Mileage, Bend-Reno (round-trip), 800 miles @ $2.40/gallon, $76.80

Lunch en route $10

Hotel (two nights with breakfast), Whitney Peak, $390.12

Dinner, Campo, $31.06

Lunch, Roundabout Grill (Whitney Peak), $18

Dinner, Calafuria, $47

Reno Food Tour, $68

Admission, National Auto Museum, $10

Hotel (two nights), Silver Legacy, $162.60

Dinner, The Depot, $45

Admission, Nevada Museum of Art, $10

Lunch, Chez Louie (Museum of Art), $16.50

Dinner, Roxy Restaurant (Silver Legacy), $58.60

Lunch en route, $12

TOTAL: $955.68

RENO, Nev. —

On the east side of this city, miles from the towering Sierra Nevada that surround lofty Lake Tahoe, an unassuming warehouse stands as a year-round link to the summer week known in this parts as Burning Man.

Reno is the nearest large community to Burning Man’s Black Rock City, the temporary metropolis built each year — and as quickly dismantled — 120 miles north in the dust-filled Black Rock Desert near Gerlach.

Begun in 1986 with solstice bonfires on San Francisco’s Bakers Beach, Burning Man moved to the desolate playas of northwestern Nevada in 1990, and has grown exponentially ever since, first embracing a civic design element in 1997. Described by the nonprofit Burning Man Project as a “mass experience in community, art, radical self-expression and self-reliance,” it now draws more than 70,000 participants from 30 countries.

But Burning Man isn’t merely a one-week-a-year phenomenon. Burners, as its devotees call themselves, form a proud brotherhood that doesn’t end with the festival on Labor Day. They express themselves in local and national politics, support the development of alternative energy and transportation, and even operate an international volunteer group called Burners Without Borders. The largest number of Burners live in the San Francisco Bay area, but they may be found throughout the world, a significant number of them in Central Oregon.

Not surprisingly, Reno is a hub. For the many hundreds of Burners who make their homes in this city of 240,000 (or in the metropolitan area of 430,000), The Generator is a year-round hive of activity. Venture into this warehouse, located within shouting distance of Interstate 80 in suburban Sparks, and you’ll find yourself in a giant maker space described by its website as “an oasis of decommodification,” free from market dependency.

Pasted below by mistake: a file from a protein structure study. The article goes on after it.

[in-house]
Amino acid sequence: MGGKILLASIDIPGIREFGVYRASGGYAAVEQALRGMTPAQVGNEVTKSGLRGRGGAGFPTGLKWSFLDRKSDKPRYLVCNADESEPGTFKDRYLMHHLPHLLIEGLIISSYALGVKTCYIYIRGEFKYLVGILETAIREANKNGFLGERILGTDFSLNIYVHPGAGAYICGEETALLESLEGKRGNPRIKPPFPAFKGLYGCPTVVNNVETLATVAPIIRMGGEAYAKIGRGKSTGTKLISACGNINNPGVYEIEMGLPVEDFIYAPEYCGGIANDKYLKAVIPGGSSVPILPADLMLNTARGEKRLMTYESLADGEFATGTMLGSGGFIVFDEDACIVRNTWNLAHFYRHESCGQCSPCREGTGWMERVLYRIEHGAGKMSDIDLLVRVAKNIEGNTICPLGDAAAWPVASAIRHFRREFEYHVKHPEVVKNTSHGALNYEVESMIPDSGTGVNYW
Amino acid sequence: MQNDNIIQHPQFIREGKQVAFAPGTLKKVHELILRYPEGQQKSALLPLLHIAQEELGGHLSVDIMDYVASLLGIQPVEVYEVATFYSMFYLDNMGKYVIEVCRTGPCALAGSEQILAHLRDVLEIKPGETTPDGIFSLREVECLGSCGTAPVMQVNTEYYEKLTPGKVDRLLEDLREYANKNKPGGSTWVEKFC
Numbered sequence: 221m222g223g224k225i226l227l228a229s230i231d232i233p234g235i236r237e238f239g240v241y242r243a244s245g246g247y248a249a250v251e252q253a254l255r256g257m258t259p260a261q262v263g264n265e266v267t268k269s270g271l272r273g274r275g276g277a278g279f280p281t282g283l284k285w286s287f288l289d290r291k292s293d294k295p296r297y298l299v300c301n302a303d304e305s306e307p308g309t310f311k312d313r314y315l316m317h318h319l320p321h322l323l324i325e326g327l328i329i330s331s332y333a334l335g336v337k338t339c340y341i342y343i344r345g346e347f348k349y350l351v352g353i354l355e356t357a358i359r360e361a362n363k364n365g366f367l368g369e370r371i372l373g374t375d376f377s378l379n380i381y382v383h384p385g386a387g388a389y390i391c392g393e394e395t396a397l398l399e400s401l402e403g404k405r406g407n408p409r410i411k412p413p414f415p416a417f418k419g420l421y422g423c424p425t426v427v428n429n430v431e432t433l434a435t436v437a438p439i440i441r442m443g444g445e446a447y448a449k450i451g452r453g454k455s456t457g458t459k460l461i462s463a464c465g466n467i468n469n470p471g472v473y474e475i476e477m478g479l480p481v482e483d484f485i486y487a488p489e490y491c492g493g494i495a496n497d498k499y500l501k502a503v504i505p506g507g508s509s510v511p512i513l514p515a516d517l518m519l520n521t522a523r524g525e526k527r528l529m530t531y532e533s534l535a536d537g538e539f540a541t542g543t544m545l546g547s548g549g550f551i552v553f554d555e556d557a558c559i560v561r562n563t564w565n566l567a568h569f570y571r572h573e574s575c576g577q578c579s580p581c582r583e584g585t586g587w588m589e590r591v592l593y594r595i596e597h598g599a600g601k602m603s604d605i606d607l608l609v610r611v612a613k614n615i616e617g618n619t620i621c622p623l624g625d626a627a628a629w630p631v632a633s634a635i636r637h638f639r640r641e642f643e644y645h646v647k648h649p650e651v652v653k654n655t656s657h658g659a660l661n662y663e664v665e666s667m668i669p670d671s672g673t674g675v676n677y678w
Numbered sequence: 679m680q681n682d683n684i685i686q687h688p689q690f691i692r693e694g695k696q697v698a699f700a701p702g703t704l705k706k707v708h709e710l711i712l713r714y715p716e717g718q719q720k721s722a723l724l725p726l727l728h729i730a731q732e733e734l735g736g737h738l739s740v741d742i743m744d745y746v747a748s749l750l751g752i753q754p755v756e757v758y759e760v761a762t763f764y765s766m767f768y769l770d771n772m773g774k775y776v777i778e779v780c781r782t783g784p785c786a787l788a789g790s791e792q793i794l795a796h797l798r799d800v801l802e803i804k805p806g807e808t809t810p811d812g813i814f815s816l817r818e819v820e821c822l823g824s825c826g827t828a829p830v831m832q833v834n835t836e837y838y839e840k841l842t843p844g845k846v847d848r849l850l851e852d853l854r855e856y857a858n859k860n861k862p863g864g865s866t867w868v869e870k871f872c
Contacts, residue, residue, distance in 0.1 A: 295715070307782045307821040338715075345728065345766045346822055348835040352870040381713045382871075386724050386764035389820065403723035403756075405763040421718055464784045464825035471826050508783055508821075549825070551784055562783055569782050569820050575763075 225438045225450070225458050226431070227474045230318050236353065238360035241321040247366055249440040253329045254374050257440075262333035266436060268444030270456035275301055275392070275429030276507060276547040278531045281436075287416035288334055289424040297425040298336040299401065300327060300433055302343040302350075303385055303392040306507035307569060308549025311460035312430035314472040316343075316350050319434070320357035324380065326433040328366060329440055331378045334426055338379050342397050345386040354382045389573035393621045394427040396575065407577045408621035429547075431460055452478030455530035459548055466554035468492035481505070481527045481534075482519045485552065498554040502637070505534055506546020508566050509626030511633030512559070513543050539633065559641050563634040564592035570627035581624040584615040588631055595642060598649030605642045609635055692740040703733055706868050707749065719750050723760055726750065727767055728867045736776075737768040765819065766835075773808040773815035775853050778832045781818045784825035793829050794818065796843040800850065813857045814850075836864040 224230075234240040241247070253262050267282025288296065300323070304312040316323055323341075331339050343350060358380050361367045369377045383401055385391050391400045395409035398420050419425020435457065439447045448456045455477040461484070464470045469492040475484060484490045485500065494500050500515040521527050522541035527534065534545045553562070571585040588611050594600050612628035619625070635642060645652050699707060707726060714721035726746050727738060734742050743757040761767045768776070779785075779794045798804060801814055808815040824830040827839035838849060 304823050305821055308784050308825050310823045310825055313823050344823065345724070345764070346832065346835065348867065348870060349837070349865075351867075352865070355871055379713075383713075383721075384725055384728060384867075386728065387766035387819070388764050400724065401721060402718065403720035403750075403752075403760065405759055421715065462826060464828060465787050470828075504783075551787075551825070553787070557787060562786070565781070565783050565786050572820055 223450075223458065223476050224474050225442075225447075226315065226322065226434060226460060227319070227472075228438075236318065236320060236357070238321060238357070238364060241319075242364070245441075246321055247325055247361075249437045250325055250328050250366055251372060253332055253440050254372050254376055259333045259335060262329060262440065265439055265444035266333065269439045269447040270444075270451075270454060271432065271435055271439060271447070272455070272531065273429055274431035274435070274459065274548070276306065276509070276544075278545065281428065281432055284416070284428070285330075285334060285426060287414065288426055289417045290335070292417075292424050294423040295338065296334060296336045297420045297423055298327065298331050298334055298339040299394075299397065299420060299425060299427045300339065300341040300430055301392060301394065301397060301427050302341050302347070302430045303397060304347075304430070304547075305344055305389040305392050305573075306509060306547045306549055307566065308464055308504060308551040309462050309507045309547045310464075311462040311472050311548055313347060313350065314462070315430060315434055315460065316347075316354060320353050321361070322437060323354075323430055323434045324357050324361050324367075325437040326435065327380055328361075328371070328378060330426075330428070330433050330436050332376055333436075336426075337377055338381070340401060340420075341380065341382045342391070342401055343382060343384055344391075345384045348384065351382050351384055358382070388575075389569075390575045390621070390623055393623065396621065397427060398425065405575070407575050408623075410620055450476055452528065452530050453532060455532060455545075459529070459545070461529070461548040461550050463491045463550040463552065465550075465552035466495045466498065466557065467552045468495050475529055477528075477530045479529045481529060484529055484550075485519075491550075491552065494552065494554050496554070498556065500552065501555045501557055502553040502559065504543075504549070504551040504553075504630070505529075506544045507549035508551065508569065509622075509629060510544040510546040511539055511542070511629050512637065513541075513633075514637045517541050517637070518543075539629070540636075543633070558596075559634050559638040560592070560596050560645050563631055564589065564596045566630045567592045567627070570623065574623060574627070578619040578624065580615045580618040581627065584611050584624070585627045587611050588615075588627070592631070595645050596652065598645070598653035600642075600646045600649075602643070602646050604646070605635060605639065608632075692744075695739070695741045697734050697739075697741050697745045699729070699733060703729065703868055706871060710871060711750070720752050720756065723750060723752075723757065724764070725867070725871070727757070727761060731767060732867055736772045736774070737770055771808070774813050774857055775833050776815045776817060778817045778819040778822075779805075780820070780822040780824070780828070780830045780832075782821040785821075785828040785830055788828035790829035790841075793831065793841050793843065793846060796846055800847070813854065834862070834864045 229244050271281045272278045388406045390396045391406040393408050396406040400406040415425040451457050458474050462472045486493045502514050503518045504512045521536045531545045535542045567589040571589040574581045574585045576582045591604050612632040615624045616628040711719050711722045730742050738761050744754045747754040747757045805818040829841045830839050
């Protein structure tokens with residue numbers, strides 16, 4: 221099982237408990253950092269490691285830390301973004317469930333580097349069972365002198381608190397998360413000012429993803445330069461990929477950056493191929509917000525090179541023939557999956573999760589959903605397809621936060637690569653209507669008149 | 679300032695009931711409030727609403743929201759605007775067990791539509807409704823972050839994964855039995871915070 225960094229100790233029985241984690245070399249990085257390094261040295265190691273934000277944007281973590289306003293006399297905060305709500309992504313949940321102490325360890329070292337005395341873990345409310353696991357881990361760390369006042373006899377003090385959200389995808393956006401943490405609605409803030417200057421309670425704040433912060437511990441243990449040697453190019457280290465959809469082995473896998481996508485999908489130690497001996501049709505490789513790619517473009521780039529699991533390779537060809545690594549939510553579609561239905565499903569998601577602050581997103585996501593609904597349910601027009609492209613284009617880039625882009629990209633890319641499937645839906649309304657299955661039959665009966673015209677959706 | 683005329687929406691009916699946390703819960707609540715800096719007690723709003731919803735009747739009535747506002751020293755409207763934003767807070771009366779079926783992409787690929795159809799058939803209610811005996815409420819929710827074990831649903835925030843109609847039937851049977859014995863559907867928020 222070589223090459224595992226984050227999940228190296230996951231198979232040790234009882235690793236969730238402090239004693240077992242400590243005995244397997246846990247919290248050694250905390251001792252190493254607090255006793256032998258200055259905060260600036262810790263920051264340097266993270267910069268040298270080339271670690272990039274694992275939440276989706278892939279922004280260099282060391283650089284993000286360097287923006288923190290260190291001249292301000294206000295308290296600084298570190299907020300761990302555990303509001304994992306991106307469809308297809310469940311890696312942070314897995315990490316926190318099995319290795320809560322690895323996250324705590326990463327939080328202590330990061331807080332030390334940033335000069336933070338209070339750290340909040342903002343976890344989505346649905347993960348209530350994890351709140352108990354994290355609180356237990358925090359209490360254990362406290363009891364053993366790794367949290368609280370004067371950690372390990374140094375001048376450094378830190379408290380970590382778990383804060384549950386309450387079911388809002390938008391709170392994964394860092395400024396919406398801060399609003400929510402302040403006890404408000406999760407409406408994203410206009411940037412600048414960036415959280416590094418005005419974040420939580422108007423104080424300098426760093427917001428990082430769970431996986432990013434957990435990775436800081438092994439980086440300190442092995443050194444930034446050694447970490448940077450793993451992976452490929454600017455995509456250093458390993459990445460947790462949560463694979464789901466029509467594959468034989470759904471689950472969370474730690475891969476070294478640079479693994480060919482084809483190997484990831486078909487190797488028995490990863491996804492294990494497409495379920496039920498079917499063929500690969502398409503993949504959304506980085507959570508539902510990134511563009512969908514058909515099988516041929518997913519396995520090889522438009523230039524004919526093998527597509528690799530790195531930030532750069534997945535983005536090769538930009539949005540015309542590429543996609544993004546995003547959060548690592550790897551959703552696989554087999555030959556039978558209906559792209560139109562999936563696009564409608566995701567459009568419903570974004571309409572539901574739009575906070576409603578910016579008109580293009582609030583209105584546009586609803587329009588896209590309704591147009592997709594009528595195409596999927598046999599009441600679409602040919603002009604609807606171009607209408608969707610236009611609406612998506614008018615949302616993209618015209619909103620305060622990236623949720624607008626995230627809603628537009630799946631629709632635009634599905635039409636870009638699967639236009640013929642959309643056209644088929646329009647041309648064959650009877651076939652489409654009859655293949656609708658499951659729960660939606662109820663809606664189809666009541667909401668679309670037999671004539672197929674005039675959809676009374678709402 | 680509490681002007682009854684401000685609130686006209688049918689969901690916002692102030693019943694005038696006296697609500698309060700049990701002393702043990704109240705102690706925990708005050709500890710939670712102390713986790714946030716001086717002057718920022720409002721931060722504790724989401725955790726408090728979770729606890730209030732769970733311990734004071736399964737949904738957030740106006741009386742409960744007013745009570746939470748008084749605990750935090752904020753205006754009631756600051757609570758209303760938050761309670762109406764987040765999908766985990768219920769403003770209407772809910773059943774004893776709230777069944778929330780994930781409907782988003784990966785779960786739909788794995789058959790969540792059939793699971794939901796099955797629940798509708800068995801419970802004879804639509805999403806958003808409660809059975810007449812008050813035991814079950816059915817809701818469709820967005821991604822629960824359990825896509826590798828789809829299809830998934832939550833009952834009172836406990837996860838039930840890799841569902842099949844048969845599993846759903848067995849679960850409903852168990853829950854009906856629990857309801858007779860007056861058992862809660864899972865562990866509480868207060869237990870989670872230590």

“We don’t buy. We don’t sell,” the site says. “We dream. We convene. We create. We make. We’re inspired by the magic and inspiration we see in all its enormity at Burning Man each summer, and we want to keep it alive all year. We combine forces and share resources in the name of creative growth and community involvement for all.”

There wasn’t much activity when I stopped by on a Sunday afternoon, not during the Generator’s normal open hours. Except for a group of slender young women rehearsing on colorful aerial silks in a corner of the 34,000-square-foot building, the work space was nearly vacant. But the level of trust was such that anyone could have admitted themselves.

Posted on a wall and on a giant chair were the words: “Shut up and make art.” Distinctly Burning Man forms of transportation, including a veritable land yacht, were in various states of construction on the floor. Numerous musical instruments, including a deconstructed, upright piano, occupied various niches. And everywhere were quirky creativity and brilliant color.

Midtown rising

“Burning Man has had an incredible effect on the local art scene,” said Amanda Horn, director of communications for the Nevada Museum of Art. “People who might otherwise not have been inspired to explore their creative sides have gone all out.

“What’s more, Burners have opened permanent businesses and collectives here in Reno. The benefit of their art on the urban culture is remarkable.”

Much of that new activity is focused on the Midtown area, the heart of which is on South Virginia Street below California Avenue. The Melting Pot World Emporium advertises that it has been “helping Burners prepare for the playa for over two decades” with its unique fashions and accessories. The Junkee Clothing Exchange has more wildly original, handmade costumes. High Desert Bicycles designs bikes specifically for the harsh desert conditions, while Carter Bros. Hardware has all manner of tents and outdoor gear, including solar showers “and everything else you need for survival on the playa.”

There are art studios and galleries, bookstores, yoga and massage studios, tattoo parlors, metaphysical learning centers, even urban vegetable farms. There are also Burner-owned restaurants, many of them specializing in vegan cuisine or baked goods, and a lively variety of new sit-down restaurants and brewpubs (greater Reno now claims 14 breweries and three craft distilleries).